Criminal Law 2.0 – Preface to the 44th Annual Review of Criminal Procedure

Although we pretend otherwise, much of what we do in the law is guesswork. For example, we like to boast that our criminal justice system is heavily tilted in favor of criminal defendants because we’d rather that ten guilty men go free than an innocent man be convicted. There is reason to doubt it, because very […]

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A Statute by Any Other Name Might Smell Less Like S.P.A.M., or, The Congress of the United States Grows Increasingly D.U.M.B.

As in other circuses, where clowns sometimes cry poignant tears, humor in the U.S. Congress can be tinged with a certain sadness. Under the actual Big Top the irony is deliberate. To wit, it appears to have occurred to a number of lobbyists, Hill staffers, Members, and other drafters of legislation that there is something […]

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Investing in Detroit: Automobiles, Bankruptcy, and the Future of Municipal Bonds

On July 18, 2013, Detroit, Michigan became the largest municipality in United States history to file for bankruptcy. Since the days of Henry Ford, Americans have been investing in Detroit by buying its most famous product—automobiles. They have also been investing directly in Detroit itself, buying a financial product called municipal bonds. Detroit, along with […]

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Lessons from the Alien Tort Statute: Jus Cogens as the Law of Nations

This Note considers a judicial practice that identifies jus cogens as the law of nations by evaluating Alien Tort Statute jurisprudence. While it is generally accepted that a norm belonging to jus cogens is sufficient to fall within the jurisdictional scope of the Alien Tort Statute, this Note examines the stronger claim that jus cogens […]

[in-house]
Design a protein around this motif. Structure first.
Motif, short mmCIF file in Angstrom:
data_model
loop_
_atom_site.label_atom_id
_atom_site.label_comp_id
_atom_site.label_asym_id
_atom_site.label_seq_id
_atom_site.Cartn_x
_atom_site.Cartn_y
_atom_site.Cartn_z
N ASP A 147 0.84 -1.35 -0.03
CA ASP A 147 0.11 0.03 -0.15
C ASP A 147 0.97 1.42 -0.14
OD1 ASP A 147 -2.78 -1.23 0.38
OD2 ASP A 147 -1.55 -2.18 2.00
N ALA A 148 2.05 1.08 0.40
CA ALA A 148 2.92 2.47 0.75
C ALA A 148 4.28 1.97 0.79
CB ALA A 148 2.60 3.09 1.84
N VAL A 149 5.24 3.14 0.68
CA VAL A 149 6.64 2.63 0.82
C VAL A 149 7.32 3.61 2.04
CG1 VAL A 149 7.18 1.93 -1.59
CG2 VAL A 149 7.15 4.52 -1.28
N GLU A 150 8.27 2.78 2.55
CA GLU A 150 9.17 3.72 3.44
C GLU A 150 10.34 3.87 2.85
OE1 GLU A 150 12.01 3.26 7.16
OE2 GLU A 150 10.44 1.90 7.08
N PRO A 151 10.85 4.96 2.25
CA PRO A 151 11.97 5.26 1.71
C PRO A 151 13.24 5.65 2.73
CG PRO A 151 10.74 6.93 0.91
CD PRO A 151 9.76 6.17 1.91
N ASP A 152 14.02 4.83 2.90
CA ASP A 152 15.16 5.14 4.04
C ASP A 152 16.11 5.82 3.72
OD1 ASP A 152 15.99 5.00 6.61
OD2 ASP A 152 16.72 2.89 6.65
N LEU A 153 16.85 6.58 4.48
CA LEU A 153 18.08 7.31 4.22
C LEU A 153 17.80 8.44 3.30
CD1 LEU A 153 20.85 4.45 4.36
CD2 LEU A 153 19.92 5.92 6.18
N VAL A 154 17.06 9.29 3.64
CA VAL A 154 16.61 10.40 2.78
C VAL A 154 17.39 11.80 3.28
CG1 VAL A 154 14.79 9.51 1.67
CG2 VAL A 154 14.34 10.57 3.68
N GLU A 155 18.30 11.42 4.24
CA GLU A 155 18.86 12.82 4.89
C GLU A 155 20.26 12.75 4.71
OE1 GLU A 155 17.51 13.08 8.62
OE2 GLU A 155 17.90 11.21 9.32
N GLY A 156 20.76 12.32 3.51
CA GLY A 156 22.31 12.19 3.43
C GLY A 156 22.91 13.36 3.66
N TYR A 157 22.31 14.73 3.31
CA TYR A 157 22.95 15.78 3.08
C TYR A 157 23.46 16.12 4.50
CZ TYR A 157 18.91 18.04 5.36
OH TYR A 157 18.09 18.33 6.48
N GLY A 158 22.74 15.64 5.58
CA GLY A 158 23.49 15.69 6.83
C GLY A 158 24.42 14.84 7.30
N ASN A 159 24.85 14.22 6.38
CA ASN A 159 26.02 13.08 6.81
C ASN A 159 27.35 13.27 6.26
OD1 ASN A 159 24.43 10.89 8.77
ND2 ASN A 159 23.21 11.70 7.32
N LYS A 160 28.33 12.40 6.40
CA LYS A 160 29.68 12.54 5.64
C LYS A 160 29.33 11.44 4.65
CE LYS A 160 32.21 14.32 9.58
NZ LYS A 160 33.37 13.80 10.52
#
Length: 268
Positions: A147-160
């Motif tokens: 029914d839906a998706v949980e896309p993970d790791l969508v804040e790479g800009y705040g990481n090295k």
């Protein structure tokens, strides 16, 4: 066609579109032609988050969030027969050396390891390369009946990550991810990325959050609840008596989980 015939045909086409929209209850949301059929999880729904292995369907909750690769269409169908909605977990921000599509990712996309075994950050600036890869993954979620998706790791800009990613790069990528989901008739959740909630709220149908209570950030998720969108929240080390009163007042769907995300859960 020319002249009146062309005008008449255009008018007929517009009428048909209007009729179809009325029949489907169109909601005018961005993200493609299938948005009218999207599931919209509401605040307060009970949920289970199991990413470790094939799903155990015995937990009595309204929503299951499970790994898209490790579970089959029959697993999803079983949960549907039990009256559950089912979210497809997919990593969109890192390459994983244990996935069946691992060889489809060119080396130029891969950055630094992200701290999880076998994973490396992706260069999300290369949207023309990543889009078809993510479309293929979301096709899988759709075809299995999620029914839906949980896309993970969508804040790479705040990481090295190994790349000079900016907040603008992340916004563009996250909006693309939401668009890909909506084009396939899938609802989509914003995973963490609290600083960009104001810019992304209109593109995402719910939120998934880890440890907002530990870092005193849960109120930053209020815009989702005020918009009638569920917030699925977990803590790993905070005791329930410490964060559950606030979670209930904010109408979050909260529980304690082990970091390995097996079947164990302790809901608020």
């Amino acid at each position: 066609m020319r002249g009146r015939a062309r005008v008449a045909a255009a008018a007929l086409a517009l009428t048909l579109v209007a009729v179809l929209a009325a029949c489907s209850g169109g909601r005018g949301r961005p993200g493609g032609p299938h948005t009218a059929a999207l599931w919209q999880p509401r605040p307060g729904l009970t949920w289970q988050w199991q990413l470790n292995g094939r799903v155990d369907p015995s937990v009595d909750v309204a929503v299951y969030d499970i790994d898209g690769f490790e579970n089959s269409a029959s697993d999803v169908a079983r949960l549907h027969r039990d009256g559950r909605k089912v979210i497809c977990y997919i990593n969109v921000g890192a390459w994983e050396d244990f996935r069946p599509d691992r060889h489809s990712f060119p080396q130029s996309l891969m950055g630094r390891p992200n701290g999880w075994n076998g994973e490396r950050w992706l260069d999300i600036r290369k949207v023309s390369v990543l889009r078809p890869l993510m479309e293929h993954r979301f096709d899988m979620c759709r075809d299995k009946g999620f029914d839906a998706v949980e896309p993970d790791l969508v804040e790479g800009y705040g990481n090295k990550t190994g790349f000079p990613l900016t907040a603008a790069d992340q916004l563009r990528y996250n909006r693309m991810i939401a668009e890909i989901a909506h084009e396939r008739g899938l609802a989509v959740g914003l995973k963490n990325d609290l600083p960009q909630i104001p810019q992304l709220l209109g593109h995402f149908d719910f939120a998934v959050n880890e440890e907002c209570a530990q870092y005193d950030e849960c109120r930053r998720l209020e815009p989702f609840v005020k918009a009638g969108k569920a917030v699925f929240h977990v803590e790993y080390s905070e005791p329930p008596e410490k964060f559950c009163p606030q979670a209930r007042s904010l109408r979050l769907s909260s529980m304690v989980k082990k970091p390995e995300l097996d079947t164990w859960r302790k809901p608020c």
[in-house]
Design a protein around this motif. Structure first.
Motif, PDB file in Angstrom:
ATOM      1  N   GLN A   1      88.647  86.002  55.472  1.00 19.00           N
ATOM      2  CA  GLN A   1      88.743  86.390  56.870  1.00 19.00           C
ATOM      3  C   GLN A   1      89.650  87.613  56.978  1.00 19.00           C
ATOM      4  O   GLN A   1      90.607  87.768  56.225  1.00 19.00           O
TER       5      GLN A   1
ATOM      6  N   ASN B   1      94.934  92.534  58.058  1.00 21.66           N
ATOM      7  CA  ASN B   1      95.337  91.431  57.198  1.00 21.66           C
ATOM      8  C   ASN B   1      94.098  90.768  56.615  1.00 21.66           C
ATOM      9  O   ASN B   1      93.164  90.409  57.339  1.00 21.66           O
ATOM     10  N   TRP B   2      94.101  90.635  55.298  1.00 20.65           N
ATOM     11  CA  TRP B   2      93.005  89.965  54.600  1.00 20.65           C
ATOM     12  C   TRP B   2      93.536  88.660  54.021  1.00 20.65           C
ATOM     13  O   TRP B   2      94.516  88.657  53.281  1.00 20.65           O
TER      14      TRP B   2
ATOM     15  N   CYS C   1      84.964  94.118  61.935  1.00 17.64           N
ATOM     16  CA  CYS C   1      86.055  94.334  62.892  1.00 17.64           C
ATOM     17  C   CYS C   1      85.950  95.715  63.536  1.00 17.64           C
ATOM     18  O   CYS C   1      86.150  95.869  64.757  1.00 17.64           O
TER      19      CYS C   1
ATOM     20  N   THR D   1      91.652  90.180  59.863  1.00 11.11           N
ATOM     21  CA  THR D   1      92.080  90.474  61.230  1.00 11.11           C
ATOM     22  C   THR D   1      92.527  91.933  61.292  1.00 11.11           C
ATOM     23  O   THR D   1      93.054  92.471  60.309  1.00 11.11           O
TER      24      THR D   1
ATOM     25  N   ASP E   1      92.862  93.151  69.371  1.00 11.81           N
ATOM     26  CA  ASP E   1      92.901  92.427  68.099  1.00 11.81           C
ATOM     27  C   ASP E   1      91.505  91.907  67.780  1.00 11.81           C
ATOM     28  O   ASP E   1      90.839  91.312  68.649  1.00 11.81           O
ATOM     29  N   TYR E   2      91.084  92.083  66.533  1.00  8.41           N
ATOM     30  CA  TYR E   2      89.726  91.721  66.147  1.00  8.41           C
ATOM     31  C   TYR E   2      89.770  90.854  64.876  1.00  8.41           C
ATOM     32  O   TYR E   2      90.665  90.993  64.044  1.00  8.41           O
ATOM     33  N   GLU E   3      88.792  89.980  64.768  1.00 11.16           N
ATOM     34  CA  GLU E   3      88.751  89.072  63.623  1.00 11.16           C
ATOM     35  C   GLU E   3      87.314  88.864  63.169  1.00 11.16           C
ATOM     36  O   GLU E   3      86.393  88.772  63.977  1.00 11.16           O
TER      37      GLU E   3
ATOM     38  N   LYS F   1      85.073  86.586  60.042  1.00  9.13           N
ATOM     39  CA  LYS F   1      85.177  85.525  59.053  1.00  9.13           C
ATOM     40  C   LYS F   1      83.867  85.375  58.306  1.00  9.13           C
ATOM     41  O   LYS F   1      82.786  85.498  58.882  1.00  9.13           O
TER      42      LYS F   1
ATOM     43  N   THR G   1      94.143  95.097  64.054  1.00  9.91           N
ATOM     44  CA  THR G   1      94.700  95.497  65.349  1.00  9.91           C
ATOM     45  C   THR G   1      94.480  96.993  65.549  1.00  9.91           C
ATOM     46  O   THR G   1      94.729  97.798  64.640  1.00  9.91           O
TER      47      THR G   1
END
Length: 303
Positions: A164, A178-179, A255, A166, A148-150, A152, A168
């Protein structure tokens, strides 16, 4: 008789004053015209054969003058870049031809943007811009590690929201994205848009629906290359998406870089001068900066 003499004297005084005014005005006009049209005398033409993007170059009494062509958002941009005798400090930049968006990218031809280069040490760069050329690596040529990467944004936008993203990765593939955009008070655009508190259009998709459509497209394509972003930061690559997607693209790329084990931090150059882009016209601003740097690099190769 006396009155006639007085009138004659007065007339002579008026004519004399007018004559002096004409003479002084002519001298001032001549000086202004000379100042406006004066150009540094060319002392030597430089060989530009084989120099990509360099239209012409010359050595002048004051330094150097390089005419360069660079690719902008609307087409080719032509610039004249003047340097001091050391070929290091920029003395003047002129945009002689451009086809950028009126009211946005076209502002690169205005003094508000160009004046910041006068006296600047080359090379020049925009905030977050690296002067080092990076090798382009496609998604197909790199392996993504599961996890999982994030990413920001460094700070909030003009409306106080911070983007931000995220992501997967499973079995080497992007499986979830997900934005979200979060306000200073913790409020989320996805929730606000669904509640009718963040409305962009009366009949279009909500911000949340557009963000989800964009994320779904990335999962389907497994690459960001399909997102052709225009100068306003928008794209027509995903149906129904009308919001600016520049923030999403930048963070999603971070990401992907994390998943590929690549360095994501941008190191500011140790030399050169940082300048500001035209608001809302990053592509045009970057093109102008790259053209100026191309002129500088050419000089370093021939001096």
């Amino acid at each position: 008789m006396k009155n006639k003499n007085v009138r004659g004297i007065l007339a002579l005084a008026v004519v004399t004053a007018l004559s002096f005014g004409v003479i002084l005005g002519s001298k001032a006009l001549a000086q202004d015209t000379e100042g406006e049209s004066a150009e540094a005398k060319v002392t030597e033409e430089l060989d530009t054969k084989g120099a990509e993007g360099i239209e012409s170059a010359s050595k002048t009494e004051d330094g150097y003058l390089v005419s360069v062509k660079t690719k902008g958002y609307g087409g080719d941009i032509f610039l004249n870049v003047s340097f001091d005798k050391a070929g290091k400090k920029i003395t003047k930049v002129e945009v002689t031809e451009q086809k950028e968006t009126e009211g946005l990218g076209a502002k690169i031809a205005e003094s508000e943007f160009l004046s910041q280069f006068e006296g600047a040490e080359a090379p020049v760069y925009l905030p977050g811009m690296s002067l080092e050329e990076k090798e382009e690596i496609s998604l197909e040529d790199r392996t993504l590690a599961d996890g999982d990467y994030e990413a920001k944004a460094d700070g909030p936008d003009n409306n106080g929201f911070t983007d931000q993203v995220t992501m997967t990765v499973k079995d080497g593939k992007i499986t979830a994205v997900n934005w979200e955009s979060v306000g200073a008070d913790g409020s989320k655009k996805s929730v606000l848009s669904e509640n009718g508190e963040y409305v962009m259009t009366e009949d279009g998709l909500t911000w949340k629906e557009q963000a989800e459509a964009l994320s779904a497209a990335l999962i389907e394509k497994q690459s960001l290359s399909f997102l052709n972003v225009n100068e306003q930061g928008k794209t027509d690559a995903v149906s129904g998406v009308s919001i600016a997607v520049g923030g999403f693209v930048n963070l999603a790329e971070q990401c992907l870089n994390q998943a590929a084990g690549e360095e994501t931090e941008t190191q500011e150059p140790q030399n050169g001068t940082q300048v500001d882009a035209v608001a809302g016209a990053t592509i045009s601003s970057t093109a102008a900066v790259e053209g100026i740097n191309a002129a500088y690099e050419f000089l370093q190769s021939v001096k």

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At Least Somewhat Exaggerated: How Reports of the Death of Delaware’s Duty of Care Don’t Tell the Whole Story

In 1985, corporate law underwent a sea-change as the Delaware Supreme Court in Smith v. Van Gorkom found that the directors of Trans Union violated their duty of care when they sold the company to takeover specialist Jay Pritzker for $55 per share—a $17 premium over the prevailing market share price. The next year, Delaware’s […]

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Measuring How Stock Ownership Affects Which Judges and Justices Hear Cases

Under the federal judicial recusal rules, judges and justices who directly own stock in companies must recuse themselves in cases involving those companies. However, there has been little effort to measure the impact of these recusals on the pool of judges and justices that hear cases involving publicly traded corporations. Our empirical analysis finds that […]

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Death Penalty Drugs and the International Moral Marketplace

Across the country, executions have become increasingly problematic as states have found it more and more difficult to procure the drugs they need for lethal injection. At first blush, the drug shortage appears to be the result of pharmaceutical industry norms; companies that make drugs for healing (mostly in Europe) have refused to be merchants […]

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Offensive Disclosure: How Voluntary Disclosure Can Increase Returns from Insider Trading

Can voluntary disclosure be used to enhance insiders’ insider-trading profits while providing legal cover? We investigate this question in the context of Rule 10b5-1 trading plans. Prior literature suggests that insiders reduce opportunities to profit from trades if their planned trades are disclosed. But disclosure might increase such opportunities because of an unappreciated characteristic of […]

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